Month: February 2018

Changes to the Juvenile Court Act

Records of Municipal Ordinance Violations to be Kept Confidential & Automatic Expungement of Law Enforcement Records

 

Effective January 1, 2018, two important changes were made to the Juvenile Court Act of 1987 (705 ILCS 405/1-1 et seq.) (the “Act”) concerning records of minors who are investigated, arrested or taken into custody prior to the minor’s 18th birthday.

 

Under prior law, the Act only applied to the courts and law enforcement agencies (which include municipal police departments), rather than to units of local government themselves.

 

However, within the recent changes to the Act, municipalities are now required to keep confidential all records of municipal ordinance violations that are maintained by the municipality and which relate to a minor who has been investigated, arrested or taken into custody prior to the minor’s 18th birthday.  Except in certain limited situations, such ordinance violation records are not subject to disclosure, inspection, or copying.

 

This change to the Act will likely not have a significant impact upon those municipalities which utilize a law enforcement agency for the issuance of ordinance citations because records that are maintained by law enforcement agencies were previously subject to the Act’s confidentiality and disclosure rules.  However, those municipalities which do not utilize a law enforcement agency for the issuance of ordinance citations (i.e. code enforcement officers or marshals) are now subject to these rules.

 

Specifically, municipalities are now prohibited from disclosing to the general public any records pertaining to an ordinance violation by a minor.  In addition, municipalities are only authorized to allow the inspection and copying of a minor’s ordinance violation record(s) in very limited circumstances, including, but not limited to, the following:

 

  1. Any local, State, or federal law enforcement officer when necessary for the discharge of their official duties;
  2. Prosecutors, probation officers, social workers, and other individuals assigned by the court and in connection with criminal proceedings;
  3. Department of Children and Family Services (DCFS); and
  4. Appropriate school officials only if there is an imminent threat of physical harm to students, school personnel, or others present in the school or on school grounds.

 

Interestingly, the Act does not create an exception for the disclosure, inspection or copying of records by the subject minor, the minor’s parents or guardians, or an authorized agent.  While the Act may not explicitly authorize such action, it may nevertheless be required under the law.  Municipalities should consult with counsel prior to any disclosure, inspection or copying of records which relate to a minor.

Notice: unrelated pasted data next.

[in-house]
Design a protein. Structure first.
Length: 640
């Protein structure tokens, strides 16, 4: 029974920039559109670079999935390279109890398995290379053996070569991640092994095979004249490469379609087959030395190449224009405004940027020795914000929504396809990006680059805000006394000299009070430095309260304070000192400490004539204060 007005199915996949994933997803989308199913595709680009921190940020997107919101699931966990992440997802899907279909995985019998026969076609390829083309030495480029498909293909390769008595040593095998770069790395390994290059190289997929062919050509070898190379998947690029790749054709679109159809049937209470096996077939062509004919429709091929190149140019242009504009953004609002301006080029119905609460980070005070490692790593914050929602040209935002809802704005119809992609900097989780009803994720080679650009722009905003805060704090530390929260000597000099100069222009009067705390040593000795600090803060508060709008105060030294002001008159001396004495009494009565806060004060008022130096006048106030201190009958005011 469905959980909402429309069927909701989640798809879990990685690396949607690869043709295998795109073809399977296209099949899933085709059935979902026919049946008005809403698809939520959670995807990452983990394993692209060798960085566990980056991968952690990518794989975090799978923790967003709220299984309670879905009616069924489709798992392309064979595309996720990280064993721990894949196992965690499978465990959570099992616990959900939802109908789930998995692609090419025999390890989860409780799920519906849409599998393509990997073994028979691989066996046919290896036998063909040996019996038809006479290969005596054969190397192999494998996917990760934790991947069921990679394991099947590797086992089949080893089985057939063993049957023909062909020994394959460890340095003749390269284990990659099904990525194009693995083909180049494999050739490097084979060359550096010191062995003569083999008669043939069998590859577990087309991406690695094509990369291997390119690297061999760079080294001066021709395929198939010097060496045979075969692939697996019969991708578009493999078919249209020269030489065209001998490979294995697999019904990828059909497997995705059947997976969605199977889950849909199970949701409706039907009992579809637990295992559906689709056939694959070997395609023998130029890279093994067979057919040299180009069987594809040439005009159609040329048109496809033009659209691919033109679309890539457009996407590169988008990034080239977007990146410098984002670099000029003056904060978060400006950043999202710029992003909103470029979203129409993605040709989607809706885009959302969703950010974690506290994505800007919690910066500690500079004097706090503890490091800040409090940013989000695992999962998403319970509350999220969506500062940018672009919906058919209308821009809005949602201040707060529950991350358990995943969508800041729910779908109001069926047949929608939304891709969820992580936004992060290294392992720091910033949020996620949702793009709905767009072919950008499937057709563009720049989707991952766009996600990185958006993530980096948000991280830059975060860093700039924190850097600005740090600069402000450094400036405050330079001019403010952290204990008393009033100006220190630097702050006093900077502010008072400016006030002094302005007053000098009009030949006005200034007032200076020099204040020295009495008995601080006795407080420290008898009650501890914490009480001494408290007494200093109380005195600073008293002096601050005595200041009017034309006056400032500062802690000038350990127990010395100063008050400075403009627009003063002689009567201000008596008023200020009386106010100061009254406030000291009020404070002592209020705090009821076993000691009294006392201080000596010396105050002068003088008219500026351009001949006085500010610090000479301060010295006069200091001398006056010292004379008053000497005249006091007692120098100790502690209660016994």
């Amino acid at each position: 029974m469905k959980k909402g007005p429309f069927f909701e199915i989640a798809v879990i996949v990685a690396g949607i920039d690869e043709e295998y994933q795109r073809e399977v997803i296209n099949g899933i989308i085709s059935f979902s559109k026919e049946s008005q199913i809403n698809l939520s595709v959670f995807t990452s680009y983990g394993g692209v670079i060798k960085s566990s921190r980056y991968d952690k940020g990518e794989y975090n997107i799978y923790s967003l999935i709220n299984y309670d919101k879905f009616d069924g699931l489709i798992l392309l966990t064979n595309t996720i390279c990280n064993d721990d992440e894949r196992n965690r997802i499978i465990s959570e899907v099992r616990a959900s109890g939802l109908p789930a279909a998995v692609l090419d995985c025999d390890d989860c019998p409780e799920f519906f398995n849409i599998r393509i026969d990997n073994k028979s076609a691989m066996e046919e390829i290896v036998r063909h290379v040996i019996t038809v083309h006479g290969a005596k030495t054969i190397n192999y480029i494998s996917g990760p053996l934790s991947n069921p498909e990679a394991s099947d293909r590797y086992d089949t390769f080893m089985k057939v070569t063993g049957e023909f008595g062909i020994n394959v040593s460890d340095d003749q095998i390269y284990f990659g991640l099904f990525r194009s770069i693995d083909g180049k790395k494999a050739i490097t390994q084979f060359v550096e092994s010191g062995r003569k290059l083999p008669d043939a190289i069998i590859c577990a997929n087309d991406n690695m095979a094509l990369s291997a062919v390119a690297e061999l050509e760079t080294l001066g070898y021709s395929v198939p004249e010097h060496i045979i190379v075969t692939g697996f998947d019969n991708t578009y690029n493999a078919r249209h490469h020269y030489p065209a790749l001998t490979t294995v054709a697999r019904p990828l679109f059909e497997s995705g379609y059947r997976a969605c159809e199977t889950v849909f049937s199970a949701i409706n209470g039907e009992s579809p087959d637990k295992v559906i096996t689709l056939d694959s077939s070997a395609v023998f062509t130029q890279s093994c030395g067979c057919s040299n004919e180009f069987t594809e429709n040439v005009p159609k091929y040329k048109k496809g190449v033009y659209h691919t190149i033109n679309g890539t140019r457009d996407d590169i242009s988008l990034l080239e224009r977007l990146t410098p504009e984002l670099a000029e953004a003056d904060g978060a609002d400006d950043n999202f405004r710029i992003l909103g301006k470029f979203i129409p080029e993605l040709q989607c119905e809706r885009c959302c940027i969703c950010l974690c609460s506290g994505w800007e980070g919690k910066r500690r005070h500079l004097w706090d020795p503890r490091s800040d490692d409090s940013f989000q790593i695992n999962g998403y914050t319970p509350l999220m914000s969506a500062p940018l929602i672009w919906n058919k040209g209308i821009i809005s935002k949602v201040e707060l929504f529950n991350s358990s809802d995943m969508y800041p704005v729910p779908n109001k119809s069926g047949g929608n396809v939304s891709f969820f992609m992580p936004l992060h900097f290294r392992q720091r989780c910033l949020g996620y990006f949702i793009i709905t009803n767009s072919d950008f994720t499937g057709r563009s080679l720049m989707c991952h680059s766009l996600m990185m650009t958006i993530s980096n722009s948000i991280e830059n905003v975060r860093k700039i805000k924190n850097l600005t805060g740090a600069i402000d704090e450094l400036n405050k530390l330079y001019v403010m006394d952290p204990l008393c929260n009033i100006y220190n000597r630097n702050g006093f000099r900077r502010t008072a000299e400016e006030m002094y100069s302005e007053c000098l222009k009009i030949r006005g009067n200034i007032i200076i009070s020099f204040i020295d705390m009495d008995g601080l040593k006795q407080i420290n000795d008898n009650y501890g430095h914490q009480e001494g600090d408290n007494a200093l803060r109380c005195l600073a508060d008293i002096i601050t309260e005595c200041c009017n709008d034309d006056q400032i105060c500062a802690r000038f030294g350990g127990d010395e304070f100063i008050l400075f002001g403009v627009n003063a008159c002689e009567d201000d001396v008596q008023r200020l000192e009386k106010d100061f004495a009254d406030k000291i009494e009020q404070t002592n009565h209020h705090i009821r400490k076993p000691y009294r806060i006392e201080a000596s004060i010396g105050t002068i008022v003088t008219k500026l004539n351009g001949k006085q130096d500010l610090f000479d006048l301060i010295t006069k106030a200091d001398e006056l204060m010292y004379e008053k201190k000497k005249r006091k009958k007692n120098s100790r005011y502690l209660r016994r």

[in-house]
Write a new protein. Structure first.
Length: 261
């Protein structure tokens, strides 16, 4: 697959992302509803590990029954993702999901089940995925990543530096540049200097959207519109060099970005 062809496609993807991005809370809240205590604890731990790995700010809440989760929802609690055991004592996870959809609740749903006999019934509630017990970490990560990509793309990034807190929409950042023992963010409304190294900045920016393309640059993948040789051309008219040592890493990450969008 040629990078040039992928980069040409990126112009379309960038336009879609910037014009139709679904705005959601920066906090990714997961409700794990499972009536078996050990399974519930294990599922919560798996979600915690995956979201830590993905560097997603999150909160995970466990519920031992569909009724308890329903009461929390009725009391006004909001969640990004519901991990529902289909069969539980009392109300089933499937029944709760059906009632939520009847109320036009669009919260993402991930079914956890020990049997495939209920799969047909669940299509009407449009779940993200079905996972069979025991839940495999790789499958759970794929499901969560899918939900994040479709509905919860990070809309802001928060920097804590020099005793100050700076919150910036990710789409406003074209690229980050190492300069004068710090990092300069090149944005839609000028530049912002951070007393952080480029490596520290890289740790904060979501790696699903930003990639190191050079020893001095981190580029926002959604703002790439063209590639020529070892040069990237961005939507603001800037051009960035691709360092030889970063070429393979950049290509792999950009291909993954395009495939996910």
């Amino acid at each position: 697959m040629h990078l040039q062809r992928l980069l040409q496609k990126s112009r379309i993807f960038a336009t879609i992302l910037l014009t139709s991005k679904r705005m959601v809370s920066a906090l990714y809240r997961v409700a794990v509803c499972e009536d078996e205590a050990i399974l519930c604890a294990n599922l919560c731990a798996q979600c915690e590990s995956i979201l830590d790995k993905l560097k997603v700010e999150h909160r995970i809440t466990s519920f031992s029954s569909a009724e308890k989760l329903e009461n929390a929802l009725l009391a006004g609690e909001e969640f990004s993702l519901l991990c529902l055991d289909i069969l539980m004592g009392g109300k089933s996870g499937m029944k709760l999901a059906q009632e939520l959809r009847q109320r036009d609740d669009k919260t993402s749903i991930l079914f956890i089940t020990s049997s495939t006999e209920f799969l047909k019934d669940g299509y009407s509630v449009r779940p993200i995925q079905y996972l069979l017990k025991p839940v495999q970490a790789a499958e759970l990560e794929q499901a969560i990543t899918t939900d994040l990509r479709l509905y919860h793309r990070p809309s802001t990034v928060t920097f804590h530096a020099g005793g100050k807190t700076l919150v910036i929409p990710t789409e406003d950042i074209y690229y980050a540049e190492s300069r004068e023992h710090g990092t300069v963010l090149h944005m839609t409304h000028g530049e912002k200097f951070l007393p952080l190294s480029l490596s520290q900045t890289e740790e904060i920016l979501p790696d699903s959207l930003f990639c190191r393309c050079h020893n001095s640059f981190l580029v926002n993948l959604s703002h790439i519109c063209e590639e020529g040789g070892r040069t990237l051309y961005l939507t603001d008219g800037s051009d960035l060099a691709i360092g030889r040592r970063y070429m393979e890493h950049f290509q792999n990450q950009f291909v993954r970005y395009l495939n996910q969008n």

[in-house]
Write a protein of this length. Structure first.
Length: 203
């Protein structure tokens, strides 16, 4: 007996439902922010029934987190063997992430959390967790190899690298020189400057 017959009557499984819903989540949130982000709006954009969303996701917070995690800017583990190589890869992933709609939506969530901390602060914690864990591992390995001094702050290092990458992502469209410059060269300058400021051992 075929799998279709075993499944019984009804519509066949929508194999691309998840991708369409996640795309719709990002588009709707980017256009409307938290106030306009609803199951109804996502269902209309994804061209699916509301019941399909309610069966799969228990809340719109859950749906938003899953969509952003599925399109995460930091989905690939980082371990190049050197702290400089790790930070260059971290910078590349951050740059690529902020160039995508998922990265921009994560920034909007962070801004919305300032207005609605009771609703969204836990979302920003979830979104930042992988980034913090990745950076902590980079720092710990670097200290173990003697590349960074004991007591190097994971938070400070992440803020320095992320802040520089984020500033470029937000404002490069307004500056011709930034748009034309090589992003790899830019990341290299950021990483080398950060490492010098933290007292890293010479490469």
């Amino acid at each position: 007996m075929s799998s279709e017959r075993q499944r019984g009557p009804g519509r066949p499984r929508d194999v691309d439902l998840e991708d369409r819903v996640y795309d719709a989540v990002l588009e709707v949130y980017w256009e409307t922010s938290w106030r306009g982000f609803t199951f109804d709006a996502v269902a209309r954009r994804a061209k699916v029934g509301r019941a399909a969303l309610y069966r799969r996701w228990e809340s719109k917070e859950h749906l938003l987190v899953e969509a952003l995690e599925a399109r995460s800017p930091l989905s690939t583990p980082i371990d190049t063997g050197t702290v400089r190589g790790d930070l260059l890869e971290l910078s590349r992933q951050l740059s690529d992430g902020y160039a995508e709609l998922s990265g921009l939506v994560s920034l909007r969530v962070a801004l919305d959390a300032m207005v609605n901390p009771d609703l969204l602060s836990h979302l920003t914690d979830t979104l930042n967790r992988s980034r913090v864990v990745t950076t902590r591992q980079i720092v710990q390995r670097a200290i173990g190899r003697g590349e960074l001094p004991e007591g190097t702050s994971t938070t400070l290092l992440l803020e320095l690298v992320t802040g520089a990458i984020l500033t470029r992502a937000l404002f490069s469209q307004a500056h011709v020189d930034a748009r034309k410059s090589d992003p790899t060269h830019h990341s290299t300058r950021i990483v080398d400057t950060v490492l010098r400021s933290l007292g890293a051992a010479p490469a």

The second change, while only impacting law enforcement agencies, imposes a rather large burden upon local law enforcement agencies and municipal police departments.  The Act now requires all law enforcement agencies to expunge or permanently destroy certain records that are maintained by the law enforcement agency pertaining to minors on an annual basis.  These records, which are called “law enforcement records”, include, but are not limited to, records of arrest, station adjustment, fingerprints, probation adjustments, the issuance of a notice to appear, and any other records or documents relating to a minor suspected of committing an offense or evidence of interaction with law enforcement (i.e. ordinance violations).

 

This new requirement mandates that, on or before January 1st of each year, all law enforcement agencies within the State of Illinois automatically expunge all law enforcement records, except records for a serious felony offense, relating to events occurring before an individual’s 18th birthday.  However, such law enforcement records must meet the following requirements in order to qualify for automatic expungement:

 

  1. One year or more must have passed since the date of arrest or the documented law enforcement interaction;
  2. No petition for delinquency or criminal charges has been filed relating to the arrest of documented law enforcement interaction; and
  3. Six (6) months must have passed without an additional or subsequent arrest or filing of a petition for delinquency or criminal charges.

 

Local law enforcement agencies and municipal police departments should work with counsel and the State’s Attorney’s Office to ensure that records qualify for expungement prior to their destruction.

 

Municipalities are also reminded that expunged juvenile records may not be considered in employment matters.  The Act requires applications for employment, including employment with a public body, to contain a statement that the applicant is not obligated to disclose expunged records relating to any act(s) that was committed while the applicant was a minor.